This week? Pereira leads the rankings, Justin Thomas (2-under) is second, Zalatoris is seventh.

Mito Pereira - leading on 9-under

He's looking for a second top 10 of the season, to better his PGA Tour best of tied third, to land the best Chilean finish in a Major (currently T23rd) and become the 10th first time winner this year.

He's never been in this position before at this level, but is 2-for-4 with a lead after three rounds, most recently last year on the Korn Ferry Tour.

He said: "It's a tough course. You have some spots that you can't hit. You just have to hit it really well."

On winning first time at a Major he tried to keep it simple: "If you play really good golf during the week, you're going to win. Doesn't matter your first time or your 10th time, if you play really, really well you're, going to have chances."

Matt Fitzpatrick - tied second on 6-under

He has a great record in the DP World Tour Championship - an elite level event on a long and difficult course - but has been awful in the Majors, with a best of tied seventh from 27 starts.

But eight top 20s in nine 2022 starts, and playing all his best golf on tough courses, certainly always made him a good fit for this type of test.

He's 2-for-9 at winning when second heading into the final lap. His seven career wins have all come from being inside the top three with 18 holes to play.

He said of his opportunity: "I'm just looking forward to it. I've spoken about it with my coaches at length about my major record. I've always just said to them, I just want to give myself a chance because I back myself at the end of the day.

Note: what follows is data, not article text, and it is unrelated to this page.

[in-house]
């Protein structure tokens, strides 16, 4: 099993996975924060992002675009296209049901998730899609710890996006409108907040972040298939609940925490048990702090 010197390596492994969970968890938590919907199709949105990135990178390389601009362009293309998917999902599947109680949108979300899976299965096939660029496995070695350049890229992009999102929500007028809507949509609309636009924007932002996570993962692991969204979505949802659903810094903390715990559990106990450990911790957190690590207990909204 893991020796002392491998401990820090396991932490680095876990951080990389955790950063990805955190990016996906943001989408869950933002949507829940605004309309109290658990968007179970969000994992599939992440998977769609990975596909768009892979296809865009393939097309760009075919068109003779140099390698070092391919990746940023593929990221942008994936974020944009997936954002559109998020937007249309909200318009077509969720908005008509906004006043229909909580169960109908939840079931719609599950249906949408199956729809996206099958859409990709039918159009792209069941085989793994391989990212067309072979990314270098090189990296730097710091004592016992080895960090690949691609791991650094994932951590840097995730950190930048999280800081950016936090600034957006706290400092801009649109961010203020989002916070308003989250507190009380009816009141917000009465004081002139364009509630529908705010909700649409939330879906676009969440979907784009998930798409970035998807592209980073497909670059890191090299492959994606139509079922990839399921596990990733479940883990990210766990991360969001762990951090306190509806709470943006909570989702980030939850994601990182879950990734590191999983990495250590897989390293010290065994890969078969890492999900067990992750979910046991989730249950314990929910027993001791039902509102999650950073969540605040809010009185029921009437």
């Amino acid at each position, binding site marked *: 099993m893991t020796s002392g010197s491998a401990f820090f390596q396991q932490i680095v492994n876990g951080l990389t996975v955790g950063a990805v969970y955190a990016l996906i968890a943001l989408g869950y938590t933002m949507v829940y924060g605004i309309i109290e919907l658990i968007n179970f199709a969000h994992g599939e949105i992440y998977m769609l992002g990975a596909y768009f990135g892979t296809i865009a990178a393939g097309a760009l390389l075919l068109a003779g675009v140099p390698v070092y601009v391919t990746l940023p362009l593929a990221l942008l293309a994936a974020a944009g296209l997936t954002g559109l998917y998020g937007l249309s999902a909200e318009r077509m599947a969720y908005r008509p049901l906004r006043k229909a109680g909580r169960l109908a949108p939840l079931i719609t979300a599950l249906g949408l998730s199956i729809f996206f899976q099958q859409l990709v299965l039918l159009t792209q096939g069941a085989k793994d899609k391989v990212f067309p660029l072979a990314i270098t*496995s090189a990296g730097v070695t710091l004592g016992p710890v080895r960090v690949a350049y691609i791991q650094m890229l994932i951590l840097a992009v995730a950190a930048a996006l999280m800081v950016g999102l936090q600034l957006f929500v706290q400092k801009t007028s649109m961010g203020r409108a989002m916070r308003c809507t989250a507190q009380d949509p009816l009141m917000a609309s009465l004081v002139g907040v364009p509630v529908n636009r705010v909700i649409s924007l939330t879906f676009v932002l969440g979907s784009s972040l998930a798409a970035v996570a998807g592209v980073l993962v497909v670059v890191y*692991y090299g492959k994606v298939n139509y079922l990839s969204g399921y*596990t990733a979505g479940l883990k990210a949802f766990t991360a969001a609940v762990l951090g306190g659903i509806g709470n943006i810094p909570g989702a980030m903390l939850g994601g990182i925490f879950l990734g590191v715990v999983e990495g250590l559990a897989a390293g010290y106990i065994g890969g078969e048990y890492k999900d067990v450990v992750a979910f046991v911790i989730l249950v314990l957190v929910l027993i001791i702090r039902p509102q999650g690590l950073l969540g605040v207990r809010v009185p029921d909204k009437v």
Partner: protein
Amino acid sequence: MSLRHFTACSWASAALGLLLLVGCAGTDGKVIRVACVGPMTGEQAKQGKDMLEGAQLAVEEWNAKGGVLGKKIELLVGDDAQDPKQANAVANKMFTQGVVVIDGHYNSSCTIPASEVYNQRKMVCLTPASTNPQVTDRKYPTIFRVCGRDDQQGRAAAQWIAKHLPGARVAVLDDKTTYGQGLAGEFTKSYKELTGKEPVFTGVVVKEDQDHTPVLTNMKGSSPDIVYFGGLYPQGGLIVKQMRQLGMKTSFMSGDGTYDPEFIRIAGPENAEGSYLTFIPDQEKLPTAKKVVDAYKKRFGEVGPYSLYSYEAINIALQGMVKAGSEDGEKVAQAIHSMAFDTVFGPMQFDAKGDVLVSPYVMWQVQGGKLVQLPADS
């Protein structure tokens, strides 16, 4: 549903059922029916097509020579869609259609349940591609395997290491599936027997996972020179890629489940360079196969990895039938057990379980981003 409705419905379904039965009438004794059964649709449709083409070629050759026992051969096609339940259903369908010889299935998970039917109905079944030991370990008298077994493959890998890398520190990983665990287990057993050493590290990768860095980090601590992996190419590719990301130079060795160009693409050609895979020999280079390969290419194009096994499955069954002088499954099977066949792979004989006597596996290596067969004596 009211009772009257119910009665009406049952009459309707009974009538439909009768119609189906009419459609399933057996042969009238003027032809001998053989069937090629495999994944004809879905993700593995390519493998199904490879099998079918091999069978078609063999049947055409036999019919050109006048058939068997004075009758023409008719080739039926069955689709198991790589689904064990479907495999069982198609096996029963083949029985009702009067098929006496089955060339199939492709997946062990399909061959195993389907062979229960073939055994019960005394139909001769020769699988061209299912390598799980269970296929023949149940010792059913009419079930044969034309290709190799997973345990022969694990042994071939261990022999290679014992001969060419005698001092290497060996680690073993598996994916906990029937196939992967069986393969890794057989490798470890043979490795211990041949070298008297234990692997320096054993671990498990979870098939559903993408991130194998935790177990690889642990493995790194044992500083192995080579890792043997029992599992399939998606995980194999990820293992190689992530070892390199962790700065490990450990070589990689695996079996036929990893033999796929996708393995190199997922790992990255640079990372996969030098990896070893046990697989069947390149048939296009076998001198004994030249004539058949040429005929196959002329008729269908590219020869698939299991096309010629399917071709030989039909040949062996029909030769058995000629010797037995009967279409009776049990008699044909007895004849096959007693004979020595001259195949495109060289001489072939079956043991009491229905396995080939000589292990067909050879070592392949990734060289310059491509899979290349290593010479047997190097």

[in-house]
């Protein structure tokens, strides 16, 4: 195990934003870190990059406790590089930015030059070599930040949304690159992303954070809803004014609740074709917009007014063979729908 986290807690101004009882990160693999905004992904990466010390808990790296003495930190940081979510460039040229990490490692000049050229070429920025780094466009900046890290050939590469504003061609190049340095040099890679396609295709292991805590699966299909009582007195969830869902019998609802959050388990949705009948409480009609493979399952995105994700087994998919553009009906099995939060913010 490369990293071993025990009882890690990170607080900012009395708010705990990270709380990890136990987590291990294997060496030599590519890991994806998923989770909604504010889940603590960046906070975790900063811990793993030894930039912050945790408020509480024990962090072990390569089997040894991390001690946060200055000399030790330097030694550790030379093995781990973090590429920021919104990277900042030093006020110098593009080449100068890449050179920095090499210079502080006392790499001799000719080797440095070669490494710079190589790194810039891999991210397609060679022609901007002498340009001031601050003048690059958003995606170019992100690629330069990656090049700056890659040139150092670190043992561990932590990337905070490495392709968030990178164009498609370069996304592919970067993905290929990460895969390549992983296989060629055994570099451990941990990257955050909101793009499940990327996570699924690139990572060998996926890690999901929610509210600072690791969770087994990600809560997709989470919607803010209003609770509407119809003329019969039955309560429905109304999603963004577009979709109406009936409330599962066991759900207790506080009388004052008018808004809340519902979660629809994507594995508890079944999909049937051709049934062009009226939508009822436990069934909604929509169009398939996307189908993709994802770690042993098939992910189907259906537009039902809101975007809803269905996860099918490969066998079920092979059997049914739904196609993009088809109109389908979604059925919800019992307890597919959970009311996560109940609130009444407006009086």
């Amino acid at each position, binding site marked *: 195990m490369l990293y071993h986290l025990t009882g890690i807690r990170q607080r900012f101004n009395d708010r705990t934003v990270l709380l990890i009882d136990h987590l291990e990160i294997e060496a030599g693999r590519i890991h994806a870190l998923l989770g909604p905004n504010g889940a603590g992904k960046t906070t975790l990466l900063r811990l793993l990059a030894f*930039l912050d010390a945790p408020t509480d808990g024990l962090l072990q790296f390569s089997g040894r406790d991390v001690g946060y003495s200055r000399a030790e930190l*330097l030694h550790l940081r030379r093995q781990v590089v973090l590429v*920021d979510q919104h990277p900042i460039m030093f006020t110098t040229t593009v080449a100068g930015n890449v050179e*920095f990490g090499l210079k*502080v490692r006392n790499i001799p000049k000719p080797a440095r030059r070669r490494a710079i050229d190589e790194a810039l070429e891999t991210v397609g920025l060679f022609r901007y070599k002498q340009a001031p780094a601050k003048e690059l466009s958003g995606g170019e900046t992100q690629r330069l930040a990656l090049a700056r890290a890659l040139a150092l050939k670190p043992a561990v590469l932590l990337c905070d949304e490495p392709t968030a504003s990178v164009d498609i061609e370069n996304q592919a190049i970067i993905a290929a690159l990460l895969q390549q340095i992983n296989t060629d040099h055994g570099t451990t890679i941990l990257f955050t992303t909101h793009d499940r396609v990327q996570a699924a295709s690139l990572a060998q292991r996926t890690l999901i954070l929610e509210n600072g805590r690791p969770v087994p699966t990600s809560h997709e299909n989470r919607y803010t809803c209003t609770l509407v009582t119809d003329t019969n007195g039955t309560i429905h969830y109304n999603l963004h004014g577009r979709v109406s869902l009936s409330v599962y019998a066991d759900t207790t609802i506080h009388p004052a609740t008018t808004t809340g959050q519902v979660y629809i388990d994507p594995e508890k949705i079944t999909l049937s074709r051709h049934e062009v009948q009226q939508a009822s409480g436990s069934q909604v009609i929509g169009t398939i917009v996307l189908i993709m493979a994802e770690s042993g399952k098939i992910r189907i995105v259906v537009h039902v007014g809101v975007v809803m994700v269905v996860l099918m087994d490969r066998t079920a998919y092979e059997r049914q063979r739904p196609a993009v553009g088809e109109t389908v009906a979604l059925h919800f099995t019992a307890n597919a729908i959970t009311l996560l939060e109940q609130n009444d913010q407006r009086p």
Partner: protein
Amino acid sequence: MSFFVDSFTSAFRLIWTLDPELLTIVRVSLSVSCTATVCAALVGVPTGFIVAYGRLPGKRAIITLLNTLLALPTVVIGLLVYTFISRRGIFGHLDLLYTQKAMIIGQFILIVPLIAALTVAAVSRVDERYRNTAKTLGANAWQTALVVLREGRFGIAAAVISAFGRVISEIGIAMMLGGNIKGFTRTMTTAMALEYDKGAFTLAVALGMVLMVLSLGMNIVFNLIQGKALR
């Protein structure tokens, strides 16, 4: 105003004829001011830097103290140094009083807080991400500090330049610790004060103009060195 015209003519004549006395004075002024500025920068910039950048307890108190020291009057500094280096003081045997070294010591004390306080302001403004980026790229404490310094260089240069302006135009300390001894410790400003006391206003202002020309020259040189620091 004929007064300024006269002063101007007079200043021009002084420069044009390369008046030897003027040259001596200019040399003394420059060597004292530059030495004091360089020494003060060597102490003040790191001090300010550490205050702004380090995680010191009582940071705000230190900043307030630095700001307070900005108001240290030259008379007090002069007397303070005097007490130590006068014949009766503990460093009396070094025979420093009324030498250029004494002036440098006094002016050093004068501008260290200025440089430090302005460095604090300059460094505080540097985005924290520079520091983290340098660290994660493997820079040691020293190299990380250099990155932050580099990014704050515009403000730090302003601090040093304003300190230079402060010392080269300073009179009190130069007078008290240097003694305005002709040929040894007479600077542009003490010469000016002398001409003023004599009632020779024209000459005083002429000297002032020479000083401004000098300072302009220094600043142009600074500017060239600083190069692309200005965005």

"I feel like whenever I've had a chance in Europe, I've played very well. Even over here, I've not had that many chances to win. But when I have, I've played well. I've not lost it."

Will Zalatoris - tied second on 6-under

This is the third time he has found himself second with 18 holes to play - he finished fourth on the Korn Ferry Tour in 2020 and remained second in last year's Masters.

He has four top 10s in his last five Major starts and five top 10s this calendar year.

He said: "I would rather have a frustrating start and good finish. It's good momentum heading into tomorrow. It was brutal out there and I really did a poor job of leaving myself above the hole pretty much all day."

Of his Major record, he added: "I've been fortunate enough to grow up around Lanny Wadkins and Lee Trevino, and obviously those guys are Major Champions. It's funny to even think of Scottie (Scheffler) and Jordan (Spieth), as well. I'll just stick to my game. Got nothing to lose tomorrow."

Cameron Young - fourth on 5-under

The rookie arrived here off the back of third at The Heritage and second at the Wells Fargo Championship, his third and fourth top three finishes of his rookie season.

A two-time winner last year on the KFT, both were wire-to-wire successes.

He's keeping everything as normal as possible, saying: "I don't know if it feels that much different. Obviously, there's bigger stands and more people, golf-wise it feels very similar to what I've been doing. I don't think it's terribly different. But it's the PGA Championship, which means a lot to me given my family connection to it."

His father was a PGA pro.

READ MORE: US PGA Championship: History tells us that there's a Southern Hills secret route to success